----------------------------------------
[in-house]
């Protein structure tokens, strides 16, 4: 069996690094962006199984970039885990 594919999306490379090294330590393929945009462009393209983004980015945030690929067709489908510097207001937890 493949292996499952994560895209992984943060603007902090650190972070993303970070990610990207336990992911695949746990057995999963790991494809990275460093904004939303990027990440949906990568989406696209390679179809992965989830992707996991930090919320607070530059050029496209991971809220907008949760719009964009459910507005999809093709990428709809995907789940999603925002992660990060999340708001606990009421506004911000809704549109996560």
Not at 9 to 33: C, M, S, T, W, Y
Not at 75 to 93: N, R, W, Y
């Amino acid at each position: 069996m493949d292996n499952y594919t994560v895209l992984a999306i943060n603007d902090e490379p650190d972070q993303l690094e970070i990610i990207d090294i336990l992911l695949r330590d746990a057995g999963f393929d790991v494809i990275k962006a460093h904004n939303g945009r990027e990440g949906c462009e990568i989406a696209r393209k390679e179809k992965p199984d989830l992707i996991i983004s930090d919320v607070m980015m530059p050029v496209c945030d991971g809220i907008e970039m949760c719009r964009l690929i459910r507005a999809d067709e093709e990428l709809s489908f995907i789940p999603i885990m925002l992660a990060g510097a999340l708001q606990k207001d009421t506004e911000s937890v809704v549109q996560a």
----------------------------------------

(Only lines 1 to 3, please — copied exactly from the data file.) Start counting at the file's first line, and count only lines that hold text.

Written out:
[in-house]
């Protein structure tokens, strides 16, 4: 069996690094962006199984970039885990 594919999306490379090294330590393929945009462009393209983004980015945030690929067709489908510097207001937890 493949292996499952994560895209992984943060603007902090650190972070993303970070990610990207336990992911695949746990057995999963790991494809990275460093904004939303990027990440949906990568989406696209390679179809992965989830992707996991930090919320607070530059050029496209991971809220907008949760719009964009459910507005999809093709990428709809995907789940999603925002992660990060999340708001606990009421506004911000809704549109996560």
Not at 9 to 33: C, M, S, T, W, Y